Tuesday, September 8, 2015

In This Moment

There was a gaggle of boys at the pool yesterday. Ten years old, maybe eleven. Jumping all over each other, laughing, dunking heads beneath water.

I found myself watching from my chair, laughing when they laughed even though I had no idea what was so funny.

I turned toward my own son struggling his way down the length of the pool, his instructor at his side, voicing words of encouragement every few strokes. He hates the front crawl. His strongest is the elementary backstroke. He could float on his back for days. I could tell from where I sat that my boy did not want to be doing that front crawl.

The boys pulled themselves out of the water. Skin and bones dripping as they pushed and pulled each other toward the locker room.

"I wonder what Brody will be like if he gets to be that age," I thought.

I snapped aware: what do you mean if he gets to be that age? I chastised myself. What kind of mother thinks like that?

But there's a truth in that. A hard, scary truth that mothers who have lost children know without ever wanting to. There is no guarantee.

Now, before you go all thinking how morbid and awful that is and judging me thinking I haven't figured out how to effectively grieve the loss of my daughter, I invite you to look at things from a different perspective....

I have no preconceived notion of what my child is supposed to be like. Because I know that time on earth is not guaranteed, I can simply enjoy him. Every second of every day he is here amazes me.

I don't care if he plays sports or chess -- as long as I get to see him smile.

I don't care if he considered cute by the girls or a gawky dork -- as long as I get to hear him laugh.

I don't care if he excels at Math or changing carburetors -- as long as I get to listen to him tell me what he has learned.

I don't care who he asks to prom -- as long as his heart skips a beat when she enters the room.

There is a beautiful gift given to parents who have lost children.... an ability to see life for what it is: a moment to be treasured and enjoyed and poured into. Whether we get one more moment or a thousand more - each and every one is a sacred gift. We don't squander them.

Yes, I wonder what my son will be like if he gets to be ten. I do so pray the Lord grants me that. But in the event He doesn't, I'm not going to waste my time wishing my child was someone he isn't.

Sunday, September 6, 2015

The Way this was Supposed to Be

This school year was supposed to be the one that officially began Brody's elementary education while ending Avery's. They were supposed to be at school all day, together. Sibling bookends - one in Kindergarten and the other in 8th grade.

This was the year I was supposed to be able to join the car pool lane. No more parking and walking my child into the preschool rooms. This year I was supposed to pull up and wish my kids a good day and watch while the older sister made sure the younger brother stood in his class line.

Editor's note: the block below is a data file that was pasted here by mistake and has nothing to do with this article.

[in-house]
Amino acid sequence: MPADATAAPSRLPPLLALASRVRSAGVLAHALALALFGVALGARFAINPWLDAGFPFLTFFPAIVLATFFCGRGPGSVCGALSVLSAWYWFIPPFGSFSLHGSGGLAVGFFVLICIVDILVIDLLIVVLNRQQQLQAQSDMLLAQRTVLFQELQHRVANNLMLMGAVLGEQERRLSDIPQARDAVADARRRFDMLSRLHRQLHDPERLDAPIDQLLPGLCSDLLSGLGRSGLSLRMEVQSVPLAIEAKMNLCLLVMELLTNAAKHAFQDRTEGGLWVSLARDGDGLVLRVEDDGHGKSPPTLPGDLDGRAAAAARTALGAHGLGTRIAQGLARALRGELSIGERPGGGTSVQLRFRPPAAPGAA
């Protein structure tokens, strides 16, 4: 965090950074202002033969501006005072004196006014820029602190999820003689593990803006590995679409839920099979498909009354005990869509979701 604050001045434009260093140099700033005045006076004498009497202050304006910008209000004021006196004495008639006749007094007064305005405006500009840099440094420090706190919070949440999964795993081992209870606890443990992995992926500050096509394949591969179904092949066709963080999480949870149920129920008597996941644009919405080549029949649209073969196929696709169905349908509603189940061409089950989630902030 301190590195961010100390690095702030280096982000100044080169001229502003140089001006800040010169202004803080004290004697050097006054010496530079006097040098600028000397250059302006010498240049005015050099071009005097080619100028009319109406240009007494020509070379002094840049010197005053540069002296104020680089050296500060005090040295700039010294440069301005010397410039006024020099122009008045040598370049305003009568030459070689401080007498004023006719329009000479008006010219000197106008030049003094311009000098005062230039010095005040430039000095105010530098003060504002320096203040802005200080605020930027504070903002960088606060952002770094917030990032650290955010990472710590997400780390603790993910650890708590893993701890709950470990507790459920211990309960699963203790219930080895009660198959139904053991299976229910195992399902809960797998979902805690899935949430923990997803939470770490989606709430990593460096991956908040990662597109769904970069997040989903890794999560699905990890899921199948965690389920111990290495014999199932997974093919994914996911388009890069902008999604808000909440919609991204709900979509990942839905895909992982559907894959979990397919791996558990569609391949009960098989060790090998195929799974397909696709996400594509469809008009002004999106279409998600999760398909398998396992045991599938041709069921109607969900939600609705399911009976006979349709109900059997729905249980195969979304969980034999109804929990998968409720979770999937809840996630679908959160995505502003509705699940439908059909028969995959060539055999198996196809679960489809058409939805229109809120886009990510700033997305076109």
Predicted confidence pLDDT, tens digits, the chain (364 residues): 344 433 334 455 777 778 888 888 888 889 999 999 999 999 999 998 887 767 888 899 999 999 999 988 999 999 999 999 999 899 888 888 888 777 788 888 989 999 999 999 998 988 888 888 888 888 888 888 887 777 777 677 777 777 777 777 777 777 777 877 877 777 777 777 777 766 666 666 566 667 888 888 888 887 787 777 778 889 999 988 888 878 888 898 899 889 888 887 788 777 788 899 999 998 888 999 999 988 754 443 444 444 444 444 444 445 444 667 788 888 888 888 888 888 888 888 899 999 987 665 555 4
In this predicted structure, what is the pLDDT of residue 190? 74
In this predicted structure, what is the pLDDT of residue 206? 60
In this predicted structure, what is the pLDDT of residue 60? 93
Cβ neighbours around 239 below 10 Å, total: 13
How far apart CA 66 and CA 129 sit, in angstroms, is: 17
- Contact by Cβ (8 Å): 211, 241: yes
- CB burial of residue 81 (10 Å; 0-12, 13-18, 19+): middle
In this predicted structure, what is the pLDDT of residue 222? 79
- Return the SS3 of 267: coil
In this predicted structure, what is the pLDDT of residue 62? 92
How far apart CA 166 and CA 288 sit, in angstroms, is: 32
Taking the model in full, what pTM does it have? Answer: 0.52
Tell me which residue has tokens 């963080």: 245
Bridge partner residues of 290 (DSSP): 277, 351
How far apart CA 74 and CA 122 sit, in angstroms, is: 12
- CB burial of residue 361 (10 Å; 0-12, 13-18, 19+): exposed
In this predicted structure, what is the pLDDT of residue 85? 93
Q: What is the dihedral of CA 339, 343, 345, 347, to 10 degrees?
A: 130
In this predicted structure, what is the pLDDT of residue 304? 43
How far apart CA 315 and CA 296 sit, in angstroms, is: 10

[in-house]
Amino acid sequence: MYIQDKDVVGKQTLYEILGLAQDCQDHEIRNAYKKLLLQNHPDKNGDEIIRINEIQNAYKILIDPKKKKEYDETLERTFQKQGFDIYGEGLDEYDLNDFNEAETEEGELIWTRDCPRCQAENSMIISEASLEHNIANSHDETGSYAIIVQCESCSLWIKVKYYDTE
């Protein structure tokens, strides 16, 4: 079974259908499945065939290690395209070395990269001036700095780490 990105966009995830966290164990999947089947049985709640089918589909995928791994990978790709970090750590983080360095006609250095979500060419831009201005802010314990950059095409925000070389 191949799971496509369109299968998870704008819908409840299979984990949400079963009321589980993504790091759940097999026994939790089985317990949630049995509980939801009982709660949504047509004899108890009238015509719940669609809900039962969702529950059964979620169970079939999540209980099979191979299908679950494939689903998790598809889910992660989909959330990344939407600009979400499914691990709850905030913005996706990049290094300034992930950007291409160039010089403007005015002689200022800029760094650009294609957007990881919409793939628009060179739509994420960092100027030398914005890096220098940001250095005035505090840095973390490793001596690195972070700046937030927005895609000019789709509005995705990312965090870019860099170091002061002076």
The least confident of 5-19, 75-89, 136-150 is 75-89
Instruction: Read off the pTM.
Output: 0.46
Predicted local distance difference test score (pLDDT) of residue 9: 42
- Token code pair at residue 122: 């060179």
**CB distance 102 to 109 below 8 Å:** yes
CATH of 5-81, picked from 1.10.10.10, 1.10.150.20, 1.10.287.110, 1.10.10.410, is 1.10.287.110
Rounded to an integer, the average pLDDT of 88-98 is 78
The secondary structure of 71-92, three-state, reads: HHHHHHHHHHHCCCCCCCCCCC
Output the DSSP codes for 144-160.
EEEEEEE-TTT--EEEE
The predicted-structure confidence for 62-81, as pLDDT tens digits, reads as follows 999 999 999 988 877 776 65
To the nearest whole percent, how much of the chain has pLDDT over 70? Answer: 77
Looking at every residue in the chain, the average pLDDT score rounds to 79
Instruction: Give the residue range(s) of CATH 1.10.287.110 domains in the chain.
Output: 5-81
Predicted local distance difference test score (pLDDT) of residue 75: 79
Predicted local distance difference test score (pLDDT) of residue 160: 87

This was the year my kids would finally eat in the same cafeteria during the same lunch hour. Their daily schedule lining up just so.

This year, Avery was supposed to fill me in on what her brother acted like on the playground and in the hallways. She was supposed to be my spy.

This year Avery was supposed to be at the top of the student food chain. The treasured final year, filled with class fundraisers and a class trip where the students slept in hotel rooms in Minneapolis or Cleveland or St. Louis - the location something they were supposed to pick together.

This year Avery was supposed to take her graduation photo which would hang forever in the halls of the school. In the same hall that held the graduation picture her grandmother is standing in.

Instead....

Brody entered Kindergarten alone. His title of Younger Brother crossed off and Only Child penciled in above it.

Instead of watching Avery walk into school as an 8th grader, I marveled at how big the Tulip Tree planted in her memory at the front of the school property has grown in just a couple years.

Instead of meeting with her teachers during Back to School Night, I held back tears.

In Brody's classroom, parents sat on too tiny chairs, our knees up past our ears, as we watched our squirming children on their carpet squares. Each child introduced their parents, we described our families.

"Our oldest daughter is actually relocating to Australia and is traveling there as we speak," I began. "And we sponsor a 16-year old boy in Haiti, so we have a son there, too." Before I could say anything else, Brody piped up, "And my sister, Avery, died and is in heaven."

I thought about the many children I have.... how they are scattered like the wind; across the world and in heaven. I thought about the ones I have given birth to and the ones I haven't. I thought about the baby that never made it to the point we knew if we would have had a son or a daughter. I thought about the boy born and named by a woman who would later drop him off at an orphanage, praying for a better life for him. I thought about my oldest, whose bravery and courage surpasses anyone I have ever known; oh, how she deserves a happiness that blows her mind!

God has blessed me with many children... but He has placed them where I can not easily reach out to touch them.


There's a new music teacher at our school. She sent out a request to borrow any available acoustic guitars so she can teach students.

Avery's guitar has stood silent since she died.

I dusted it off and brought it to the school. Our family's last name written on a piece of masking tape on its back. Ready to be picked up again. Eager to make music.

This is the year my oldest has moved to Australia, my youngest has entered Kindergarten, and the son I share waits in Haiti. This is the year Avery makes music through the halls of the school she loved so very much.

And this is the way it's exactly supposed to be.